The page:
I’m struggling. It’s been over a month, and I still don’t understand how we as humans – we as Christians (and yes, there are many different “versions” of Christians) – could take a class of people and send a message of “less than equal.” You aren’t living your lives correctly, so you can’t have the freedoms that others have. That’s what Prop 8 says. How does that “protect” marriage? If “marriage” isn’t ok, but “civil unions” are ok – if “they” shouldn’t complain because it’s “just a word” – what if nobody get’s the word “marriage?” What if we’re all engaged in “civil unions?”
But to be honest, I don’t want to talk about that right now. I want to talk about the backlash.
I’m beginning to hear more and more about the anger at the faith-based organizations that actively and even financially supported Prop 8. The cry I’m hearing more and more is to “take away their tax-exempt status!” Or, “what happened to the separation between church and state?”
I’ve only done a little research on the separation clause in the First Amendment of the U.S. Constitution which reads, “Congress shall make no law respecting an establishment of religion, or prohibiting the free exercise thereof…” How I read that is that there won’t be a nationally established or declared or financially supported religion. I don’t read it as a law that faith-organizations don’t get to have a voice. I don’t read it as saying that persons of faith can not or should not be guided by that faith even if they’re in elected or appointed positions in government.
So what might the founders have thought? Keep in mind that all the founders were Christian and even Protestant, and – although they were rebelling against a nation that had proclaimed a national religion – I’m not sure they ever envisioned divisions beyond the various denominations within Christianity. And even in that context, Thomas Jefferson wrote:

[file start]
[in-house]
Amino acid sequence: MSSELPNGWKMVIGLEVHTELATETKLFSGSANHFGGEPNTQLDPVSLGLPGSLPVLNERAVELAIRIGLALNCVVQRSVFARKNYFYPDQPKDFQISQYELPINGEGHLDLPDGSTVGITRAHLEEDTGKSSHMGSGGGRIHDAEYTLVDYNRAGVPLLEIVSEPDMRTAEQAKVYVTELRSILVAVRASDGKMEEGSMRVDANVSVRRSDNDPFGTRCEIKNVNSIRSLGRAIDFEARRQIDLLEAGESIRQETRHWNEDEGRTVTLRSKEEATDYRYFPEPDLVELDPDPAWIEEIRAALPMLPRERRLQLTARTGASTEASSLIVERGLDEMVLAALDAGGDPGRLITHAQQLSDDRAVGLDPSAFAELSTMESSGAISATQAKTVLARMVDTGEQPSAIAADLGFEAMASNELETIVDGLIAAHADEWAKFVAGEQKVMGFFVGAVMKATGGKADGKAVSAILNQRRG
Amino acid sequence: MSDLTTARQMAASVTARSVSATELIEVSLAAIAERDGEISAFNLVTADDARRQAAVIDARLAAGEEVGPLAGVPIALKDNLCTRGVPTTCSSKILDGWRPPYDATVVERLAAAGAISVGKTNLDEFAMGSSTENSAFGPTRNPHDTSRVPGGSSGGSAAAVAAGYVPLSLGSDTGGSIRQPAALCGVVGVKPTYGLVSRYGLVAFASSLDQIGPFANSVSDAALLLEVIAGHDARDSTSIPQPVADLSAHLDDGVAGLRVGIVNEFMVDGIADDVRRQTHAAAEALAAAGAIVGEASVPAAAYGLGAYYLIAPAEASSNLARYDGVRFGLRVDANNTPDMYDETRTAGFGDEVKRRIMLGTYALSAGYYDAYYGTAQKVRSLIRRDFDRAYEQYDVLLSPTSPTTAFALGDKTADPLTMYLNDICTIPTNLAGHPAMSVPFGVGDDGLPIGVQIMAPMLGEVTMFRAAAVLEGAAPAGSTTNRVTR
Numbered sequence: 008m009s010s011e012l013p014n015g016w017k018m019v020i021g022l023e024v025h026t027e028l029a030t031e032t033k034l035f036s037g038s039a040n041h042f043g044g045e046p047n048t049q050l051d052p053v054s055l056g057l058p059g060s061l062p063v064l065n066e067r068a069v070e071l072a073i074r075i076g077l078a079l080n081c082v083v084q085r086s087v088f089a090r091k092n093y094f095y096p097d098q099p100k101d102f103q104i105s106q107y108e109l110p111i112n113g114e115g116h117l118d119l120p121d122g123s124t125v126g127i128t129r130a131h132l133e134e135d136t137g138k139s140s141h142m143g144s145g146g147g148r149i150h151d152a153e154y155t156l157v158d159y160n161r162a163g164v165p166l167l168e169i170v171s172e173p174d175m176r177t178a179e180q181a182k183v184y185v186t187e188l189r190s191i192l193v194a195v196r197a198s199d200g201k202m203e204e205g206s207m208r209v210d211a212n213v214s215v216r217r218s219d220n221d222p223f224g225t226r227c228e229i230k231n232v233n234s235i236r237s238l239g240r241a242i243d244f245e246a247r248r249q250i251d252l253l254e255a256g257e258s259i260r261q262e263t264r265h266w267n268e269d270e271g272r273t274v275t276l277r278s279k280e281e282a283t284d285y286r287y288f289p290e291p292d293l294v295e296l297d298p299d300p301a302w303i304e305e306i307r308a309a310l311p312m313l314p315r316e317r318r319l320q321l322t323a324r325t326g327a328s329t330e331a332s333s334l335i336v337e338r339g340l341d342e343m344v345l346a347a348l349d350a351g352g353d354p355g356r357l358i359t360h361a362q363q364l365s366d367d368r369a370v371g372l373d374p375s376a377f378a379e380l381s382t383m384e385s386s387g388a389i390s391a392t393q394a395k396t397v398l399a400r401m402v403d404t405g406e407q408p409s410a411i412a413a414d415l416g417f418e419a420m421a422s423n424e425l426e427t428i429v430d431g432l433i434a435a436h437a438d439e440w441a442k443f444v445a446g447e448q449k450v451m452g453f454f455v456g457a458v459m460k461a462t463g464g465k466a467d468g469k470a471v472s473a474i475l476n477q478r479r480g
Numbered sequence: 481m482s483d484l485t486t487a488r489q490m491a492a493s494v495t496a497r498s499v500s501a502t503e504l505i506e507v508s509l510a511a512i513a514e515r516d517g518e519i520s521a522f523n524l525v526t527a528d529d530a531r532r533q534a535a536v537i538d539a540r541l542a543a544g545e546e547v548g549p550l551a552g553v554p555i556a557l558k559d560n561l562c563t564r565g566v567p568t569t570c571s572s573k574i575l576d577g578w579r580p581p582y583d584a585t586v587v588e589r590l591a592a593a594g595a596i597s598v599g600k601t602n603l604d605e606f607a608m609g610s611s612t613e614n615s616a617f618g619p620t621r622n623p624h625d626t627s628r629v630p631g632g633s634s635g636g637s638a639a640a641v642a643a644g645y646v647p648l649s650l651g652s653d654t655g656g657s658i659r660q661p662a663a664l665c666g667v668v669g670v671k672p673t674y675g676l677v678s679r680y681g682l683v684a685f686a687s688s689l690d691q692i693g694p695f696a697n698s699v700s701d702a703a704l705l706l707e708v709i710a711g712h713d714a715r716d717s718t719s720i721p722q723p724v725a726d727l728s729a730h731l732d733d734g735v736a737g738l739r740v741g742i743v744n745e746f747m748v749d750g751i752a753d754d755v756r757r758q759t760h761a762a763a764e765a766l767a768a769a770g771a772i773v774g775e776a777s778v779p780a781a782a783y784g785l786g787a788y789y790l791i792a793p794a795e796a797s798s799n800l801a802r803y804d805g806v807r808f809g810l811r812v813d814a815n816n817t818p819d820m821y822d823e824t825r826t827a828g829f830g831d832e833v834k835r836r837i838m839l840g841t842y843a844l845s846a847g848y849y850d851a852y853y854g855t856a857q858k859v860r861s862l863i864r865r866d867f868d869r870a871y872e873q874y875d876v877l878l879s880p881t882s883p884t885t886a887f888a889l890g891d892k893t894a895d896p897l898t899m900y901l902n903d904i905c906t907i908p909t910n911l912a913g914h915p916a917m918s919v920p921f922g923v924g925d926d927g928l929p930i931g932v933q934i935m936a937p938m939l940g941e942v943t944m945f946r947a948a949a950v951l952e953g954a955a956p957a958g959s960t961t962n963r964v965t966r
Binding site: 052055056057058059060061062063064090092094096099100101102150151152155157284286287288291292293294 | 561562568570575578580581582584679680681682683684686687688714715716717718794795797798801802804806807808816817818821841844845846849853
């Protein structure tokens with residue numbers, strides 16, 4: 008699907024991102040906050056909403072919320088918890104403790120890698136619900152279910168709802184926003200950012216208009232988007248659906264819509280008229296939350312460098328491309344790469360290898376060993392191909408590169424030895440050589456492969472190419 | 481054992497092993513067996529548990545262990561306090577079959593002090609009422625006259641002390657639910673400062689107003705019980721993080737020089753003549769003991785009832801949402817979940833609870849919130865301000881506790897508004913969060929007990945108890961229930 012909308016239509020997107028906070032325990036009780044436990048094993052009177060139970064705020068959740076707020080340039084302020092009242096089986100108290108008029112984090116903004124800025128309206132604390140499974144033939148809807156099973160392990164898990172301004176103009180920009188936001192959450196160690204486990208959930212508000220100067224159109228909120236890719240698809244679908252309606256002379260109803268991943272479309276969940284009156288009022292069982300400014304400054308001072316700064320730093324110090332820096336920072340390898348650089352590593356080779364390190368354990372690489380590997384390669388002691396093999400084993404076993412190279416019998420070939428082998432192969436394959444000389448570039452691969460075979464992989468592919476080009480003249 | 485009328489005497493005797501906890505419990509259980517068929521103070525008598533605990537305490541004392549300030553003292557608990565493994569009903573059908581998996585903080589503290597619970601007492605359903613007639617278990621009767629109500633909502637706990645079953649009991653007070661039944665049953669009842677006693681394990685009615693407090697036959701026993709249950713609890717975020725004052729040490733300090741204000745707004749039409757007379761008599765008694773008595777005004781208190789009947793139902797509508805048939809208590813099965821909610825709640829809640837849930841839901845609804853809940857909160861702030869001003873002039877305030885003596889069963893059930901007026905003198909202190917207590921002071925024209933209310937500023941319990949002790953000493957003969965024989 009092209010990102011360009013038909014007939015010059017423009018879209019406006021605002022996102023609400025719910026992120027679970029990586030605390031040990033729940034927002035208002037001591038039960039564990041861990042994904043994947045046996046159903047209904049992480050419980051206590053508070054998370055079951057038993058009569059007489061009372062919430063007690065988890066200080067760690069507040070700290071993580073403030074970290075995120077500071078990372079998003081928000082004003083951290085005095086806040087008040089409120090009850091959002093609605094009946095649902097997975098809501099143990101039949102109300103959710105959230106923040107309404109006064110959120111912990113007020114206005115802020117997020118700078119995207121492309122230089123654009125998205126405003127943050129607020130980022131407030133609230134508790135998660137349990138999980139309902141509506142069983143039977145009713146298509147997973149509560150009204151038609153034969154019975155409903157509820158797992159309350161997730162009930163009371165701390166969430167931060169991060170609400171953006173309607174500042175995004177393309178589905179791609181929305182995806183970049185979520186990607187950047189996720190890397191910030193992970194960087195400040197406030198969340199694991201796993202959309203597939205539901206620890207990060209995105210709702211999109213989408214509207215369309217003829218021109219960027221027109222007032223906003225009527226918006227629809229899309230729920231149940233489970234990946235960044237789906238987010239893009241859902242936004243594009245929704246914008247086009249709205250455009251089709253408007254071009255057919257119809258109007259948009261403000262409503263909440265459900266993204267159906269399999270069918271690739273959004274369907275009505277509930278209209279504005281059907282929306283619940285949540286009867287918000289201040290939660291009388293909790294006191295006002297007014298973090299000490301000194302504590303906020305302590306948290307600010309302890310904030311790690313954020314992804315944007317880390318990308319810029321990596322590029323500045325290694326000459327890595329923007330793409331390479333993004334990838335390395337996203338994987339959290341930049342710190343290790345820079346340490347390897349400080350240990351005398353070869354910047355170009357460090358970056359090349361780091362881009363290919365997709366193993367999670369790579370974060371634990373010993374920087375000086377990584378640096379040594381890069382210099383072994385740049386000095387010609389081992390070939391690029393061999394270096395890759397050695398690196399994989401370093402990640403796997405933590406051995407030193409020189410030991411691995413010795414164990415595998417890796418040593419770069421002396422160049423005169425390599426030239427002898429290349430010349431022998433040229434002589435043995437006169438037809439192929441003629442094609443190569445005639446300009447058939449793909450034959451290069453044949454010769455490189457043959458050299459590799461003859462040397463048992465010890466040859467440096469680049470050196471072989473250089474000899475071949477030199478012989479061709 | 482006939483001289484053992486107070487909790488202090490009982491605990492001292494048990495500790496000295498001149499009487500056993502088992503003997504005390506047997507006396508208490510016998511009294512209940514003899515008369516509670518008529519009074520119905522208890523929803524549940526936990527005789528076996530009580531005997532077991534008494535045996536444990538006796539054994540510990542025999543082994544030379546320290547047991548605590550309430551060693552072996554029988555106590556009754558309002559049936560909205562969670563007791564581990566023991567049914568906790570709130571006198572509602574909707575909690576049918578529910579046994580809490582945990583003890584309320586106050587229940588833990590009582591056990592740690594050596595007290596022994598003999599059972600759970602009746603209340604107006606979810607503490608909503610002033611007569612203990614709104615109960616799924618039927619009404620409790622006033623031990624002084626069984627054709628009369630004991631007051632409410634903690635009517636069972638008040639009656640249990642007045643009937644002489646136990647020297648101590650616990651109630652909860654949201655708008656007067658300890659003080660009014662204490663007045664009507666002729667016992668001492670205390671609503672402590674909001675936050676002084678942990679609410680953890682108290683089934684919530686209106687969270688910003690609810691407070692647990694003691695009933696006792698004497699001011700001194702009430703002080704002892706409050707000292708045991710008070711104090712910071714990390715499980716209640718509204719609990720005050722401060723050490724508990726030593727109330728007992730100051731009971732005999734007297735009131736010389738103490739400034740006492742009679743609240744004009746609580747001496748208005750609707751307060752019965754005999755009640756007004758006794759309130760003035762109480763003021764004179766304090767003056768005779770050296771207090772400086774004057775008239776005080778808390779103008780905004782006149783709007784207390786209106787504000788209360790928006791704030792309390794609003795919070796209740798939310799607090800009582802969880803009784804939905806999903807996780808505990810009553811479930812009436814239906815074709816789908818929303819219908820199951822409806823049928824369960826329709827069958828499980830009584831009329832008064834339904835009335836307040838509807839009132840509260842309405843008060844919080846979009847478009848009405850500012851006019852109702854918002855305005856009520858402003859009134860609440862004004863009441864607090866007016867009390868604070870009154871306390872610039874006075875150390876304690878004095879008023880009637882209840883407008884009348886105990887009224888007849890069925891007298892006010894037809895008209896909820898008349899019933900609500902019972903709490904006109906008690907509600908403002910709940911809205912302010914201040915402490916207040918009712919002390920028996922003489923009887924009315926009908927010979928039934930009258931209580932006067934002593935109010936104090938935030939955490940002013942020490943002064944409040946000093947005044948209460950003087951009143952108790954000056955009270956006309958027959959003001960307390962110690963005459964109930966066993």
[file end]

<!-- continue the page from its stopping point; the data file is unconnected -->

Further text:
Believing with you that religion is a matter which lies solely between man and his god, that he owes account to none other for his faith or his worship, that the legitimate powers of government reach actions only, and not opinions, I contemplate with sovereign reverence that act of the whole American people which declared that their “legislature” should “make no law respecting an establishment of religion, or prohibiting the free exercise thereof,” thus building a wall of separation between church and State.
If we look even deeper into history, I argue that even Jesus himself spoke out politically. I think that in speaking out against the scribes and pharisees he was making political statements. I think that in setting aside the purity laws when he ate with prostitutes and tax collectors, he was making political statements. I think that in preventing the murder of a woman for committing adultery – completely appropriate according to Jewish law of the day – he was making a political statement.
Now, some would argue that this had nothing to do with government but with religion. But remember, at this point in Jewish history, the secular and political structure were combined! Yes, the Romans occupied the area, but much of the social and political decision-making was left to the Jews themselves (which was common throughout the Roman empire; it’s how they maintained control).
So with this in mind, do we argue that faith-organizations should not have voice in politics simply because we disagree with their theology, because we disagree with their conclusions, because they’re flat-out wrong? Keep in mind that shutting down all political voice shuts down both sides of the conversation. I myself attend a church that organized phone banks and had a sign out front all that spoke against Prop 8. Should this church lose tax-exempt status too?
I don’t have an easy answer to this. I invite dialogue. Please share your thoughts…